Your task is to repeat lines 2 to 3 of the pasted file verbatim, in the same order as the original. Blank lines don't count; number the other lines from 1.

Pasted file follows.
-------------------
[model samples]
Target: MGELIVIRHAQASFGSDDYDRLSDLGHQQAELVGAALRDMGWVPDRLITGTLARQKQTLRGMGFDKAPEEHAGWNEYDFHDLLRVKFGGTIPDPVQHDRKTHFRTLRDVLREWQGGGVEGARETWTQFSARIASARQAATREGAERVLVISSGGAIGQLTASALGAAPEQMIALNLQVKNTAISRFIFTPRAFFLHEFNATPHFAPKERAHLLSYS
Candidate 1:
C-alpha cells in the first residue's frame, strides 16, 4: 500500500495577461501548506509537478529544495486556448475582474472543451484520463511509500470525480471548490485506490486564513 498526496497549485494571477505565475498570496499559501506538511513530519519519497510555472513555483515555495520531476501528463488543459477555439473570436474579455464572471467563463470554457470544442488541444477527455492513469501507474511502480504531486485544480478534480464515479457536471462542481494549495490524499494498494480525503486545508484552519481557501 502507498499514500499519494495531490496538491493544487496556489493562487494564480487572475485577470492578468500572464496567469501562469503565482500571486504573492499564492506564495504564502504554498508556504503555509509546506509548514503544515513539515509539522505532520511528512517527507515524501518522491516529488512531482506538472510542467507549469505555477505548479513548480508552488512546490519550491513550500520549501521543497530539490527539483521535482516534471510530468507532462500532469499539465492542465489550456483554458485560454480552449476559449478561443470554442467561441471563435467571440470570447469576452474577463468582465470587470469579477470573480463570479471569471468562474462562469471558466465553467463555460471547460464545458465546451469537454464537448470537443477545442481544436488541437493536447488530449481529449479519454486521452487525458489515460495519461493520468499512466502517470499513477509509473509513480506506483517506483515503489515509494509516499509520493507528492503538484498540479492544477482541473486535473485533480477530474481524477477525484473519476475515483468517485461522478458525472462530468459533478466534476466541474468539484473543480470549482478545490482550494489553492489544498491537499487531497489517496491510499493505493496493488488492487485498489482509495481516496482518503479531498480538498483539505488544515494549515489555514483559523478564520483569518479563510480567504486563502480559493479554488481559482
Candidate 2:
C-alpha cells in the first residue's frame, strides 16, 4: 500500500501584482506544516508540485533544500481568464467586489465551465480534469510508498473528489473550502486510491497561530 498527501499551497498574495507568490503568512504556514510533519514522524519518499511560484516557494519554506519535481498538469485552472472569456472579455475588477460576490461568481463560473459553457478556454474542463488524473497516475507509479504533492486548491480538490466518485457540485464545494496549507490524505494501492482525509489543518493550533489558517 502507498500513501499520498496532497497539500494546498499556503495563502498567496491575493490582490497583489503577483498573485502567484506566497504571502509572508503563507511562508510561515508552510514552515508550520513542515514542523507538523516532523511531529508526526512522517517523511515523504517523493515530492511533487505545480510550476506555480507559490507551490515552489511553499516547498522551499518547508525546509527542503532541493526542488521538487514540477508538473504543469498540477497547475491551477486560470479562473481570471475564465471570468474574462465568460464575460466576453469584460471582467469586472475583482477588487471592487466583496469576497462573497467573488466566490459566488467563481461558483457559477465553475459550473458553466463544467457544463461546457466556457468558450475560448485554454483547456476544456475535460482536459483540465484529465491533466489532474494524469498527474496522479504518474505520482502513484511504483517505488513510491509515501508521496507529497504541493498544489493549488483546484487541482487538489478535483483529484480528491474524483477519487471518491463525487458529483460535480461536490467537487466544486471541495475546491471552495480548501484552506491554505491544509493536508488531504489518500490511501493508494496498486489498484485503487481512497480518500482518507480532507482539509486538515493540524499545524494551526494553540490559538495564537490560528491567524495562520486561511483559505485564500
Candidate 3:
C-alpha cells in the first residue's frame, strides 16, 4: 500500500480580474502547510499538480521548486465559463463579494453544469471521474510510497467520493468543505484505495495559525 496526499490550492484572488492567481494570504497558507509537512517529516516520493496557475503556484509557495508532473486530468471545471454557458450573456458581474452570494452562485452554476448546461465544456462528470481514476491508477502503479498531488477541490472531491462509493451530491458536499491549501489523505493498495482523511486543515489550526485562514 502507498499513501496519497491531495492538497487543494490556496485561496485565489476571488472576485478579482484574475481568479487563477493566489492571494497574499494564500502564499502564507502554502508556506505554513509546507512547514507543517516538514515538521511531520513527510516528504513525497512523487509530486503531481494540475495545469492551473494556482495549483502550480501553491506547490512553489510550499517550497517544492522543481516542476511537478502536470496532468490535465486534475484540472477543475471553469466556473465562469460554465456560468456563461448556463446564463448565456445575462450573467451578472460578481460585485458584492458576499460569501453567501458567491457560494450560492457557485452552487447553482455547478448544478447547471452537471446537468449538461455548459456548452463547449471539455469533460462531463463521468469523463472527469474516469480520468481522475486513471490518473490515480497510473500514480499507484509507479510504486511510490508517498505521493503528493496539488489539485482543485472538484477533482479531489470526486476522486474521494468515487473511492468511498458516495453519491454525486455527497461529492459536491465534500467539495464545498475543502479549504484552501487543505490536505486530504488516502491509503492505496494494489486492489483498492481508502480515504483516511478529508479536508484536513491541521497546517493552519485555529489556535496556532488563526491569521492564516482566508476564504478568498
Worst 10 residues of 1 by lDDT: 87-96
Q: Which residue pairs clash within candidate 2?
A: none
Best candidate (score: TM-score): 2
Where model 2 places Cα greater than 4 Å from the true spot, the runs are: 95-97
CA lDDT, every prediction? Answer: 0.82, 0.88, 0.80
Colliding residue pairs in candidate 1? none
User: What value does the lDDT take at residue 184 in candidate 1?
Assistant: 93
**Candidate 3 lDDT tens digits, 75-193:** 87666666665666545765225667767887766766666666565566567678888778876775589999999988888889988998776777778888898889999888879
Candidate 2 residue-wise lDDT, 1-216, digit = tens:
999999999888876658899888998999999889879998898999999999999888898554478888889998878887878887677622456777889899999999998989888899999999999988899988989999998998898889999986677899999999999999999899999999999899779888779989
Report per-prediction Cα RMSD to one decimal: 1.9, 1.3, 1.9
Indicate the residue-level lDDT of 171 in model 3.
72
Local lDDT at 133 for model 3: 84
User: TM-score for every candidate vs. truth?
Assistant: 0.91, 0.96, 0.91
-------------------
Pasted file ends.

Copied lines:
Target: MGELIVIRHAQASFGSDDYDRLSDLGHQQAELVGAALRDMGWVPDRLITGTLARQKQTLRGMGFDKAPEEHAGWNEYDFHDLLRVKFGGTIPDPVQHDRKTHFRTLRDVLREWQGGGVEGARETWTQFSARIASARQAATREGAERVLVISSGGAIGQLTASALGAAPEQMIALNLQVKNTAISRFIFTPRAFFLHEFNATPHFAPKERAHLLSYS
Candidate 1: